Chemistry: The Language of Atoms – CUTF introduction : Shourya Mukherjee

Hello! My name is Shourya Mukherjee and I am a junior at Pitt pursuing a Molecular Biology with a specialization in Biochemistry for my major in addition to chemistry and music minors. A fun fact about me is I love playing different musical instruments; I primarily play the piano and trombone but have been learning the ukulele and African drumming through the African drumming ensemble at Pitt! One of my main interests is emergency medicine and trauma; my career goals revolve around this interest. I would like to pursue an MD or PhD in this field as I have a large interest in heart failure which are some of the most common cases, we see in the Emergency Department. In my opinion, regardless of whether I pursue an MD or PhD I believe that both these will require me to be able to communicate with fellow colleagues and students as well and hence, the experience I am gaining this semester is helping better shape my skillset for my future career. 

This semester, I am working alongside Dr. Peter Bell in the Chemistry Department for the fourth semester as a TA for his general chemistry 2 classes. Each of Dr. Bell’s classes have an average of around 250 students hence my CUTF project is based around a teaching model where I will be incorporating 3 main techniques to make the class more interactive and easier to follow for all the participants despite it being taught remotely. Firstly, I will be attending the lectures as a TA and I will moderate the Zoom chat. By doing so whenever there are any confusions or discrepancies, I can bring this to Dr. Bell’s attention either during lecture or during our weekly TA meetings. This allows for the students to ask me questions instead which should encourage them to ask a peer as its less intimidating than asking a professor directly. I have also been added to the classes’ shared canvas page for both sections allowing me to directly answer and questions students may have through the use of the discussion board.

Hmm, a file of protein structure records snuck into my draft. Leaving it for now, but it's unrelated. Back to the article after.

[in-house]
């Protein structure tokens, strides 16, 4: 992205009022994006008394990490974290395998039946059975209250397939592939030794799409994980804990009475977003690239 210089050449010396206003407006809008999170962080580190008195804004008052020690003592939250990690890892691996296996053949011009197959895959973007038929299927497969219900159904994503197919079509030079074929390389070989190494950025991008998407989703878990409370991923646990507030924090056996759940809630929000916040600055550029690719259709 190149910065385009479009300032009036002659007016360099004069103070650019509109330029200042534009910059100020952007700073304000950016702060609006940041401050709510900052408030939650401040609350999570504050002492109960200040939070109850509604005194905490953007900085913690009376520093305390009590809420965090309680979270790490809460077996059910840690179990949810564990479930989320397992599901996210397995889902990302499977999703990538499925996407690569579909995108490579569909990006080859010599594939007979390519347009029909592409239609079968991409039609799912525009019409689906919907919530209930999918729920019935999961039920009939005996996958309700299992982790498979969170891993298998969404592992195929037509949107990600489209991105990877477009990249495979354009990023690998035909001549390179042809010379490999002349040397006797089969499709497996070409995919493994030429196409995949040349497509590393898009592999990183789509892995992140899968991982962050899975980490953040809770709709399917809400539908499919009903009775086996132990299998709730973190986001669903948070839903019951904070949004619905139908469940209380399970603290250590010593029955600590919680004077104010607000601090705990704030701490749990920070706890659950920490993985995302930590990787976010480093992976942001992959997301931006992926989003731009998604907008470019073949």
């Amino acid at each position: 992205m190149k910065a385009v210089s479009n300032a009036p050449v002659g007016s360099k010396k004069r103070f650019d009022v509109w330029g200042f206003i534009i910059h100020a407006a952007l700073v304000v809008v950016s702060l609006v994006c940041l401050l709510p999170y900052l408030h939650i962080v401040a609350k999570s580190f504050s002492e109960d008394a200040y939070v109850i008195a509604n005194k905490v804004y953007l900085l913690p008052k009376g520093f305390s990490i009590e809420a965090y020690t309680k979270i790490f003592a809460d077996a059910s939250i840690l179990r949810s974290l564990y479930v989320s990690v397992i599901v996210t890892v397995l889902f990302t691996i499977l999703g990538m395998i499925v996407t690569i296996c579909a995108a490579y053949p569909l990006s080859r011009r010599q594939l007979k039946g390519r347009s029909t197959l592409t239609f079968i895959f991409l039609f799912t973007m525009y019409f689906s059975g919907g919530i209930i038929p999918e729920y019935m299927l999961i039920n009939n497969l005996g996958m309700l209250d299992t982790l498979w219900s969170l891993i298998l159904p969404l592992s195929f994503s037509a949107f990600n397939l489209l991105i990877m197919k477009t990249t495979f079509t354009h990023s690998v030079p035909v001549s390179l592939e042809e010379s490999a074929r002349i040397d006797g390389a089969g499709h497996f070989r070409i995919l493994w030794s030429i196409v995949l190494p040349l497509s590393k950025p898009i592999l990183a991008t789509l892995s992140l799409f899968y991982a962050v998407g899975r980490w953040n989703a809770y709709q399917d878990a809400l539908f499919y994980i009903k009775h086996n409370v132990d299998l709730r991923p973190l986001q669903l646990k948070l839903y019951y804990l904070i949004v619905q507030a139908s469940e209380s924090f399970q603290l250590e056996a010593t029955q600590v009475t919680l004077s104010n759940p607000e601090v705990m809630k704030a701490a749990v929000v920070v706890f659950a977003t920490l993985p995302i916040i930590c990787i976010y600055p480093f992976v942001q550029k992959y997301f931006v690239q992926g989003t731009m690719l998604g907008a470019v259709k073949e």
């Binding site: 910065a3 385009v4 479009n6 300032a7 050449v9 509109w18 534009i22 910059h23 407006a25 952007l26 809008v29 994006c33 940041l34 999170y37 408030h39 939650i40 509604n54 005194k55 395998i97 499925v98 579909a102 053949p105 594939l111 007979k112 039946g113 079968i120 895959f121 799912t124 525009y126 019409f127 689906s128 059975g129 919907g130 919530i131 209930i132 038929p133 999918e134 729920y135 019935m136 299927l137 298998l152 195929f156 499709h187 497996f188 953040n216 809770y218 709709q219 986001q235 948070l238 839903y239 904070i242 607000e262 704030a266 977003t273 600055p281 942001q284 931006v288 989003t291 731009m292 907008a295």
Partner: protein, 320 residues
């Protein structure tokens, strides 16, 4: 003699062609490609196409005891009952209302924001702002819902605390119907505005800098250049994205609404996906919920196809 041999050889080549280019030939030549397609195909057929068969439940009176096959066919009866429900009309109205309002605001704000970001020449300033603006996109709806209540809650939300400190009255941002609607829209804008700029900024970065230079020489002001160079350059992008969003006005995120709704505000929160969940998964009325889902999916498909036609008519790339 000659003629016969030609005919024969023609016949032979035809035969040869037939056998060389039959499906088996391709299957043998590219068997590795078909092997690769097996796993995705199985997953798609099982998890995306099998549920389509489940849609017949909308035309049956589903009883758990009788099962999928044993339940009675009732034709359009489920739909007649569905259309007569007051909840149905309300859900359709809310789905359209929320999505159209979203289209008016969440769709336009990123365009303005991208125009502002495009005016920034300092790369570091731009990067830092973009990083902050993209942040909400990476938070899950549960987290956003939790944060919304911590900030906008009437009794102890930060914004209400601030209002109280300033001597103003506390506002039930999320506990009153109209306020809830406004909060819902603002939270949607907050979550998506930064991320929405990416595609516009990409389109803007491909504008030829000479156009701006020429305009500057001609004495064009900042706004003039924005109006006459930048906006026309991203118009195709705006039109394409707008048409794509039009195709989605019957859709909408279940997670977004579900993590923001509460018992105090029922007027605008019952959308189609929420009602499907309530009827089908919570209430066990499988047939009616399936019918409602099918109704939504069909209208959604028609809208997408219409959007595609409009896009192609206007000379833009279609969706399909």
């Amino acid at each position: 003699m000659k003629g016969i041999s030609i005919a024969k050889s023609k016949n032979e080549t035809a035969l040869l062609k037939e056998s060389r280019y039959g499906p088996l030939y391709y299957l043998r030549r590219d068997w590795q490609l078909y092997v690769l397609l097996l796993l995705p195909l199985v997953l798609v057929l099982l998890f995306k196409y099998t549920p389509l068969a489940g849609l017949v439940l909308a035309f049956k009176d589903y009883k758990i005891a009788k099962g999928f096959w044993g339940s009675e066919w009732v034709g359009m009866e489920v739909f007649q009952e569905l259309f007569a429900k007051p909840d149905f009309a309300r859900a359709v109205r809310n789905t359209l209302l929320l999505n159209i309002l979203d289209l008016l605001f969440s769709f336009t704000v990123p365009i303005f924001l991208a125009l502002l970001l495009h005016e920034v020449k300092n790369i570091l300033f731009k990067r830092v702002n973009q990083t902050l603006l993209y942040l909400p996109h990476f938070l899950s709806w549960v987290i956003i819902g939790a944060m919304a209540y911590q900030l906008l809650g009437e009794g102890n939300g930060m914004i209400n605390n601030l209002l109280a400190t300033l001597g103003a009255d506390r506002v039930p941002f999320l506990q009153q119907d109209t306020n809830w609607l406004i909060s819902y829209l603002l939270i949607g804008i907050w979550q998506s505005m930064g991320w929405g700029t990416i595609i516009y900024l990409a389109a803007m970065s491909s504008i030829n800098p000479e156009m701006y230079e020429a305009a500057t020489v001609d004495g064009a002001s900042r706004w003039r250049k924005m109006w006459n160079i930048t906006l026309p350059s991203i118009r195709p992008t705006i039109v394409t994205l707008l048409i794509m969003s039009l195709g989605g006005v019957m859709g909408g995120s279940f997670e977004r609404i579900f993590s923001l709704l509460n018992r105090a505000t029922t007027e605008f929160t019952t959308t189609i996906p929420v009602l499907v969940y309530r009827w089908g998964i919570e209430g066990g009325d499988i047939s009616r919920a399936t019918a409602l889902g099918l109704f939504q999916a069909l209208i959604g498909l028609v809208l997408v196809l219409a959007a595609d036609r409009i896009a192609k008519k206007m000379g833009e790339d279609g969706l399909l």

Another method I will be incorporating this semester is creating worksheets for the students each week. These worksheets will tend to summarize concepts that are being taught in the week and will be aimed at providing the students with exam level practice questions to allow the students to better understand how prepared they are for midterms. I have been creating questions over the past 3 semesters and have somewhat a question bank which I currently choose from for each worksheet and topic that has been covered in the class. During the session the students and I work through each question and I try to get as many to participate to help explain each step of the problem to arrive at the solution in leu of me giving them the answer directly. During these sessions I also try to help students with their homework or any other questions they may have regarding the material. 

Lastly, I will be working with Dr. Bell to coordinate with these other TA’s and primarily lead the TA meetings. During these meetings I will be giving the other TA’s a brief overview of what was covered in lectures during the week. Before each TA meeting, the other students and I will have questions put together in a google document where we will omit the answers and work through these questions amongst ourselves during the TA session. This will allow all TA’s to understand how to answer the questions on the worksheet and also gives them the opportunity to ask any questions they may have. 

I hope that the students in the general chemistry 2 class will take advantage of these resources we are setting up for them allowing them to perform better overall as a class.  Dr. Bell always encourages his students to give feedback as the semester progresses so he can make changes and make the course more responsive to the students.  I would like to do the same, and if anyone has suggestions for how I could help him make the undergraduate TAs more helpful this term based on their experiences in other classes, I would really appreciate a comment on this post or an email at ssm58@pitt.edu

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